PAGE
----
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Smoldering (asymptomatic) multiple myeloma: current diagnostic criteria, new predictors of outcome, and follow-up recommendation

Posted Mar 14 2010 12:00am

I have to split this post into two parts, since it’s soooo long (I will publish part II tomorrow). It concerns a study on smoldering (asymptomatic) multiple myeloma published last month in the “Journal of Clinical Oncology”…Sherlock, grazie!, sent me the full text…

In the abstract (see: ), there is a list of some of the risk factors for progression to full-blown myeloma, nothing new, hereM-protein size, percentage of bone marrow neoplastic cells, etc.

Interesting excerpt: Immediate therapy with cytotoxic agents, such as melphalan/prednisone has not resulted in improved outcome = this bit is explained more in detail in the full study, so we will get to it later. The following excerpt simply confirms what we already know: Patients should not be treated until progressive disease with end-organ damage occurs. There are so many things to keep in mind with myeloma…but this one is certainly : no CRAB, no treatment.

Now for the full study. Something I didn’t know (or didn’t remember…) is that smoldering myeloma was first described in 1980 by Drs. Kyle and Greipp, as follows: a distinct clinical entity characterized by the presence of a serum M-protein value higher than 3 g/dL, bone marrow clonal plasma cells (BMPC) involvement of 10% or higher, and no bone lytic lesions or clinical manifestations attributable to the monoclonal plasma-cell proliferative disorder. A distinct…er… “entity”? I’m walking around with an entity inside of me?? Hehe, that gave me a bit of a chuckle…

Problem: the diagnostic criteria have not been uniform, thus resulting in important differences in time to progression and in a lack of consistent predictors of outcome between the different series. (The “different series” bit refers to the different classifications of asymptomatic myeloma: SMM, indolent myeloma, asymptomatic myeloma or low tumor mass myeloma.)

Before 2003, there was no real consensus on how to define smoldering myeloma, or SMM. In 2003, the International Myeloma Working Group agreed on a new definition of SMM consisting of a serum M-protein of > 3 g/dL and/or > 10% bone marrow plasma cells with no evidence of end-organ damage (hypercalcemia, renal insufficiency, anemia or bone lesions [CRAB]).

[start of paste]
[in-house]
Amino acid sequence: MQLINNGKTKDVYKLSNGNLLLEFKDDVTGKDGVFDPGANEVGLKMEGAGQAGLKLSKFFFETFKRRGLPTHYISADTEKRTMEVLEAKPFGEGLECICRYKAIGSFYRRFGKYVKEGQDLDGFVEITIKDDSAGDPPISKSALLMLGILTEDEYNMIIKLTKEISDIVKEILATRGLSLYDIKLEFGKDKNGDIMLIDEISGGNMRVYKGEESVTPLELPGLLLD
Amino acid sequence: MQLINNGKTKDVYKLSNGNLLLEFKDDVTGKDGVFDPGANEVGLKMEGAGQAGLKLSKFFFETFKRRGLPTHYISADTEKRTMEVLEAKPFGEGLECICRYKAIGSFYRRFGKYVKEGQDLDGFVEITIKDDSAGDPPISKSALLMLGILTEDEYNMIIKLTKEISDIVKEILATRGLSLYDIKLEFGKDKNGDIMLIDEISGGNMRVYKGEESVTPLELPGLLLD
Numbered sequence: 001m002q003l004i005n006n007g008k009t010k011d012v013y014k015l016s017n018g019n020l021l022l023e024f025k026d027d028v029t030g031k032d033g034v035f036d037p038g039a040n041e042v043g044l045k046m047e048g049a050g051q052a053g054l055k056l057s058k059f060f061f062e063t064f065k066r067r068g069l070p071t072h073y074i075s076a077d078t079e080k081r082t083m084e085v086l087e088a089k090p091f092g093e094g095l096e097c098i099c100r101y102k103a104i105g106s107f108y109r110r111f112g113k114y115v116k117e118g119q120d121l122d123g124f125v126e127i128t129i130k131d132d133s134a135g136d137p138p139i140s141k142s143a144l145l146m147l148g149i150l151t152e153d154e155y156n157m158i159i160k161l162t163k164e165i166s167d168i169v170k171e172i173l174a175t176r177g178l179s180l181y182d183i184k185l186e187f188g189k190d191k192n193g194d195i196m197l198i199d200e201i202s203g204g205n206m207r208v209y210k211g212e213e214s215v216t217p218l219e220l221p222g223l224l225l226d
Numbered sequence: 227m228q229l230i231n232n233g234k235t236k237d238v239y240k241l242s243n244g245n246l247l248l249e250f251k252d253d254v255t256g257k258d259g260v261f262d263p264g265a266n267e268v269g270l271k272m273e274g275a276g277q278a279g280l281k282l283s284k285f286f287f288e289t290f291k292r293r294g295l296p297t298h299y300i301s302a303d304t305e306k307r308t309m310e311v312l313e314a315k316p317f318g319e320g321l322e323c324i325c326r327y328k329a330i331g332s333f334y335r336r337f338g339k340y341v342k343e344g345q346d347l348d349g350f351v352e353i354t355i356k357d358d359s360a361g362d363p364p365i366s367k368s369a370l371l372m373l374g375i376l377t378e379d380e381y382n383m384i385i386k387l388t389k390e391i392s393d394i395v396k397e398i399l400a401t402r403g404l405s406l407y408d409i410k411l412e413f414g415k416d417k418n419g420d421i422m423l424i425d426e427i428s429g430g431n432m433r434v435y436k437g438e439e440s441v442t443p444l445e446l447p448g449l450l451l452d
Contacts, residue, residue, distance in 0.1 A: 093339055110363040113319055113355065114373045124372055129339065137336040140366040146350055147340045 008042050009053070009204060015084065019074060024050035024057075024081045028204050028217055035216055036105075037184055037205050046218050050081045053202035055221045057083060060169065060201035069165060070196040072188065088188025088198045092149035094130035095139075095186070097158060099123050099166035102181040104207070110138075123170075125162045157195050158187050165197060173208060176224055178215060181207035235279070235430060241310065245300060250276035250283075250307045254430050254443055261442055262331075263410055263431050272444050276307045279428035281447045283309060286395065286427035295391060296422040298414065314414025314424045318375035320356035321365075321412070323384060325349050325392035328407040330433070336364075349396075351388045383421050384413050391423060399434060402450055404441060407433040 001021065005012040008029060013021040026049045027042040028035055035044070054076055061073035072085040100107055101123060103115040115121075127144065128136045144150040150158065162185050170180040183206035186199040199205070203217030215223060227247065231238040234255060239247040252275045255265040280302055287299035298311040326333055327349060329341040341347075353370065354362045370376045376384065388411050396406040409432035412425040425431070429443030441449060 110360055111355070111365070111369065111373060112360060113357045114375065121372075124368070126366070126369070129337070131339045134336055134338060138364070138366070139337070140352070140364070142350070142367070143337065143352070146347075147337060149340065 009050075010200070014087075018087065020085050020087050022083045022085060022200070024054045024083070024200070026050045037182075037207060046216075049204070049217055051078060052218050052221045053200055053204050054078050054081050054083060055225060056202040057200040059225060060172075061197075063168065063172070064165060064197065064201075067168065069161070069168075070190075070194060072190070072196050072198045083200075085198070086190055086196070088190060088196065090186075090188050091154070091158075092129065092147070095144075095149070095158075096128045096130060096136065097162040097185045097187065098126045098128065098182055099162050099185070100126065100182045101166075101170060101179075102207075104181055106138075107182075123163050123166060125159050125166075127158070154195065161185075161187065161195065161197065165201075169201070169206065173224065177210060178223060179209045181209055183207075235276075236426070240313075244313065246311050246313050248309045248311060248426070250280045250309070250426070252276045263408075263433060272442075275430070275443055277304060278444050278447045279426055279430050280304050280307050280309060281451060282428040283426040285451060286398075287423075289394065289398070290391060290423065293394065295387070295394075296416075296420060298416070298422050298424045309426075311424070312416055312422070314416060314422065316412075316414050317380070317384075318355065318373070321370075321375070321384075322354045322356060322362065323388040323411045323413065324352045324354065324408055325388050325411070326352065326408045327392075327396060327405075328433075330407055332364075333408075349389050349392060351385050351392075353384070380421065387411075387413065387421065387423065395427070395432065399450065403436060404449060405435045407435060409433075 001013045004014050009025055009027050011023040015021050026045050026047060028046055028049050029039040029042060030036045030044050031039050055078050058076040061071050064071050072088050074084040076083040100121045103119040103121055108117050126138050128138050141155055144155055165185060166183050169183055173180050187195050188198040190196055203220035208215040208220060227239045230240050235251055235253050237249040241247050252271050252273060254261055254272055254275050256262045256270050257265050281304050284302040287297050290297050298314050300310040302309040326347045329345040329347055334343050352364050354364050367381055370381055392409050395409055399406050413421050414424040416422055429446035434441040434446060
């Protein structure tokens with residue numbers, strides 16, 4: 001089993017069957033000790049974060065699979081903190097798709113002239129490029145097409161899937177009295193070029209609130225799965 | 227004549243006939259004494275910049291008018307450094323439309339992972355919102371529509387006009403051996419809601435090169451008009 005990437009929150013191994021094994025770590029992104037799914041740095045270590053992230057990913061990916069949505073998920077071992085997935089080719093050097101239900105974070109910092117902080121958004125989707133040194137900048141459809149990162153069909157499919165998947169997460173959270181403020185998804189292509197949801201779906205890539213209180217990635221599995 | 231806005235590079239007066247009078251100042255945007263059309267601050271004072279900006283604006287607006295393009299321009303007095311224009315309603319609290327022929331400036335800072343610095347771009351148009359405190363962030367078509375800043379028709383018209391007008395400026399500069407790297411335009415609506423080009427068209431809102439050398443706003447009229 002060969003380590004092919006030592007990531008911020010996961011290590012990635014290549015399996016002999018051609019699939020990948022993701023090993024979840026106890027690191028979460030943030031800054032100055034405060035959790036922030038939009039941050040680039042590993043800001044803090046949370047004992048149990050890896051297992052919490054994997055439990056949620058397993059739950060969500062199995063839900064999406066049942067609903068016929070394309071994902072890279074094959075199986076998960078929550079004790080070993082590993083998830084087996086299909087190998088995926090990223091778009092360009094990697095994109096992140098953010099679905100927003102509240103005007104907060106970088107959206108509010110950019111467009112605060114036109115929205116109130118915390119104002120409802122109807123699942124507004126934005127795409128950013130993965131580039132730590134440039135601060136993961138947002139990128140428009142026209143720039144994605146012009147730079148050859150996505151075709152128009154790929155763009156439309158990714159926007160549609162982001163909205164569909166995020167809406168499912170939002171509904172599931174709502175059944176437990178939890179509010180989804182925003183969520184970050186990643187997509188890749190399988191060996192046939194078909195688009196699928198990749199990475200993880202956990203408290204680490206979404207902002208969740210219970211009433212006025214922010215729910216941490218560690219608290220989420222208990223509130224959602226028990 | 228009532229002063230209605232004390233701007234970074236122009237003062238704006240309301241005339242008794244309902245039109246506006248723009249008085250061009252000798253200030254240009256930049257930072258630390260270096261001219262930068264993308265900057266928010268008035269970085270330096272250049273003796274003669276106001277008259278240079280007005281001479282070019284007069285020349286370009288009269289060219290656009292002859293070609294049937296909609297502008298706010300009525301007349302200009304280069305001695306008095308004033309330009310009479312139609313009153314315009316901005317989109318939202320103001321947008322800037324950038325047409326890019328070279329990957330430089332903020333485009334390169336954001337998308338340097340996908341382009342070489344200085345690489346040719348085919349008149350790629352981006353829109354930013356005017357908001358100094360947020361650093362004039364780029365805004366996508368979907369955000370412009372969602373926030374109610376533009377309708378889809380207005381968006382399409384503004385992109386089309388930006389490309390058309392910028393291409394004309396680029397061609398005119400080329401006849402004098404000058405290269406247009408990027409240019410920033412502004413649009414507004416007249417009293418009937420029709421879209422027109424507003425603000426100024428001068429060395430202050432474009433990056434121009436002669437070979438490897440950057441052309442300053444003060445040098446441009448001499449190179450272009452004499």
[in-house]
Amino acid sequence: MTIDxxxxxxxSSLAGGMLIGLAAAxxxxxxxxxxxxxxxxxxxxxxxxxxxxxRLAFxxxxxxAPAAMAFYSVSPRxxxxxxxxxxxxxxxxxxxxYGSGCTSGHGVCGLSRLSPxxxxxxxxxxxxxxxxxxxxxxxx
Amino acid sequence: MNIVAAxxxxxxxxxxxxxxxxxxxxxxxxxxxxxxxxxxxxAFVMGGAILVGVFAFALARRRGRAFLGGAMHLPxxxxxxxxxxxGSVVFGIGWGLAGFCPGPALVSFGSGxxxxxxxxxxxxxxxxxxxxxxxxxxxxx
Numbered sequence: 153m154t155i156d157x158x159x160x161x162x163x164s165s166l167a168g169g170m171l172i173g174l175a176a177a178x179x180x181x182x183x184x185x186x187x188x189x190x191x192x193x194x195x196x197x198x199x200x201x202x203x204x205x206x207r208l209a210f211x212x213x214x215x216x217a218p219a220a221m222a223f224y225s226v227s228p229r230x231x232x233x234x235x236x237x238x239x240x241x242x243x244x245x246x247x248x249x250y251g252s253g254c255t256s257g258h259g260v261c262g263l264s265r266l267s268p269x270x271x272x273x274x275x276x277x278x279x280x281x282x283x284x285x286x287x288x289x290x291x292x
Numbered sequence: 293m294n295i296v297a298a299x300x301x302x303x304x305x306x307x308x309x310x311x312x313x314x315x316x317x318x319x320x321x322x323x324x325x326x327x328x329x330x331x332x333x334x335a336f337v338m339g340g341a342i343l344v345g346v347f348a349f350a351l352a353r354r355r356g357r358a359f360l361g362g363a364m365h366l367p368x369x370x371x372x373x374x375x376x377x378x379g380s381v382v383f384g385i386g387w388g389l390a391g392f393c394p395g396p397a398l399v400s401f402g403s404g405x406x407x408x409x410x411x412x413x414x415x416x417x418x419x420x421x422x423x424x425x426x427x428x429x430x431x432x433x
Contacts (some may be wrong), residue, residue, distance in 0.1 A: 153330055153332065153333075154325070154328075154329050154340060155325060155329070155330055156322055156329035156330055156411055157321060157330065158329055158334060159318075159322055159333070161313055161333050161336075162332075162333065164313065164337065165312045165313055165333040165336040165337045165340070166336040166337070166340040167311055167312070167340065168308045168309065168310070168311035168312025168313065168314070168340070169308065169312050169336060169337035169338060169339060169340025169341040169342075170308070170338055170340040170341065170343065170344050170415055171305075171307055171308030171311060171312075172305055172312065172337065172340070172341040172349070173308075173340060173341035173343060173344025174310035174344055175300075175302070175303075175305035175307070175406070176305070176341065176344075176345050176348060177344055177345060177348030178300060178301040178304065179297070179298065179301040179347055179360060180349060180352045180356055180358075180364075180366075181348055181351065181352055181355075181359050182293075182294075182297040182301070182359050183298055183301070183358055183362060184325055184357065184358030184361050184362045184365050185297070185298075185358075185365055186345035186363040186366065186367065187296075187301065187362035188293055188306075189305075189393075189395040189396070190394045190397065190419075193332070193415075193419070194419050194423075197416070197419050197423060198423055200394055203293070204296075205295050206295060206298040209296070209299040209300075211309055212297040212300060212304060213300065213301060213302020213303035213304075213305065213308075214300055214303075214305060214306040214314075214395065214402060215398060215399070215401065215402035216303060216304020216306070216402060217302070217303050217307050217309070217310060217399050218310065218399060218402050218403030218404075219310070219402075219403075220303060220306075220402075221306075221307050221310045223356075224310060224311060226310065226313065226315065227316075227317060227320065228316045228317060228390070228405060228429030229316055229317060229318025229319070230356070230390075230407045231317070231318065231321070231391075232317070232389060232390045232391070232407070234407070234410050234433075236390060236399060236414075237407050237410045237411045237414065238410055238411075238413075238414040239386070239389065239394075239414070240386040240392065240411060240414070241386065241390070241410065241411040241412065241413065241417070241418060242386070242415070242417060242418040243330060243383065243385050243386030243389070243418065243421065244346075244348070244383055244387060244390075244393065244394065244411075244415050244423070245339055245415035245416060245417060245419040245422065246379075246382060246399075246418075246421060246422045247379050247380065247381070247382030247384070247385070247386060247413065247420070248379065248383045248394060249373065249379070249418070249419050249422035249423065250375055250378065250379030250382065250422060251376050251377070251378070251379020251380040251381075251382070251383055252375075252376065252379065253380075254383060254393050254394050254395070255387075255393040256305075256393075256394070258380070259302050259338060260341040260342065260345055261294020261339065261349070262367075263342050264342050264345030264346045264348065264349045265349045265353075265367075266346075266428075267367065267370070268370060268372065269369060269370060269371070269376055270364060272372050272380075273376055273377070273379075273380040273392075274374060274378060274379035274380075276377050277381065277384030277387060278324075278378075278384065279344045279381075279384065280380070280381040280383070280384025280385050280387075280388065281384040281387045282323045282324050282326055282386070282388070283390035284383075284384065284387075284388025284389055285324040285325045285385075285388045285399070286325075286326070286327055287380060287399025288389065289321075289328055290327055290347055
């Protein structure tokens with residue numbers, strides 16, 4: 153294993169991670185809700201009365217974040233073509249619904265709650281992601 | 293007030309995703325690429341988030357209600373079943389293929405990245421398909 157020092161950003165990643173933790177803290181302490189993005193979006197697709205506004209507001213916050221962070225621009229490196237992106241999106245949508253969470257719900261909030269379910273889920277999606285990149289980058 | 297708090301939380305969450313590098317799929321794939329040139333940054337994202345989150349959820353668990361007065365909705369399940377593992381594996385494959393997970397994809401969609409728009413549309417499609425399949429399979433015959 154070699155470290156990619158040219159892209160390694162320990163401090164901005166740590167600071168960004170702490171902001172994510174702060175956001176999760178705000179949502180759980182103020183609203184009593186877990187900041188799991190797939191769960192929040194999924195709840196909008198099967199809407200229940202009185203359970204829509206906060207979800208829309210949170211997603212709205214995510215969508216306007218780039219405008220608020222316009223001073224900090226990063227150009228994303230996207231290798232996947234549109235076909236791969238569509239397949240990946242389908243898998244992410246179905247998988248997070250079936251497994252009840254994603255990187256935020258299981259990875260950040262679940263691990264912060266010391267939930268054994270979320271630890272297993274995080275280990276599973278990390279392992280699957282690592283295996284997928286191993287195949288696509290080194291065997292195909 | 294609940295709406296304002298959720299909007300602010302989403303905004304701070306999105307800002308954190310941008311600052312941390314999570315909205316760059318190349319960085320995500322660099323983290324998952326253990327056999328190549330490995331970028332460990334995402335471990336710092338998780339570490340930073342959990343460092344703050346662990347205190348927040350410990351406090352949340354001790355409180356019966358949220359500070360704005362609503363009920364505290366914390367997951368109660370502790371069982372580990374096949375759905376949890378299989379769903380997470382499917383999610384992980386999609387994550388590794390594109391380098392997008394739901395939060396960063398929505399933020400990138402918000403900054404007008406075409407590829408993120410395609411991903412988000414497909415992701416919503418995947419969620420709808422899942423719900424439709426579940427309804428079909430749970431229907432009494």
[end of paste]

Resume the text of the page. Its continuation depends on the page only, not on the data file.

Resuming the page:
The study then spells out the differences between MGUS and SMM, but I won’t focus on that, since we know them, or should know them! ;-) , by now. The following, however, was new to me: When the M-protein size and the proportion of bone marrow plasma cells are consistent with MGUS but there is substantial albuminuria, congestive heart failure, renal failure, peripheral neuropathy, orthostatic hypotension, carpal tunnel syndrome, massive hepatomegaly, malabsorption syndrome, or any combination of the above, the most likely diagnosis is primary systemic amyloidosis (AL) [...]. Something to keep in mind…

…as well as a few other things: elderly folks can have diseases that mimic myeloma, for instance an increase in serum creatinine, anemia, diffuse osteoporosis and so on. Even patients with a single asymptomatic lytic bone lesion, the possibility of an associated benign bone cyst or a bone angioma should be considered […]. So ONE bone lesion doesn’t necessarily mean that you have developed active myeloma…interesting…my notes are filling up my…mental pad!

: M protein > 30 g/L, bone marrow plasma cells > 20%, haemoglobin > 12 g/L, light chain proteinuria (Bence Jones) > 50 mg/24 hours and an IgA monoclonal heavy chain. And lytic bone lesions. And, going down the list, also the presence of MRI abnormalities. A personal note: at times, my M protein has gone above 30 g/L, in fact in May 2009 it went as high as 39.9 g/L (eek!)…then it went back down to 29.7 g/L in September 2009…so I am still smoldering…what I mean to say is: please don’t freak out if your M protein surpasses the 30 g/L limit…first look at the context and the trends…

An interesting paragraph is titled “Pattern of evolution.” According to a group of researchers, there are two kinds of SMM: 1 evolving and 2 non-evolving. Patients who fall into group 1 had an increase in M-protein levels in two follow-up consecutive visits. Group 2 was instead stable and had a longer time to progression (3.9 years versus 1.3 years).

And here we get to a very useful item that was mentioned in the abstract, too: Most patients with SMM progress with increasing anemia and/or skeletal involvement consisting of bone lytic lesions and/or diffuse osteoporosis. Anemia is defined as having a haemoglobin lower than 10g/dL…but hey, read this and breathe a sigh of relief: the authors of this review have seen patients with SMM with a Hb level between 9 and 10 g/dL with no need for cytotoxic therapy for several years. It must be considered that in patients with a high serum M-protein there is also a component of hemodilution, and so the severity of anemia may be overestimated.

Wow, now bit of news is very very important…it proves that treatment protocols should not be applied too rigidly, as happens all too often!!!, but that each case should be evaluated carefully…in its own context. In other words, just because your Hb has dipped below 10 g/dL doesn’t necessarily mean that you should undergo immediate treatment…that number could in fact remain stable or even go up…So this is another thing for us to keep in mind…

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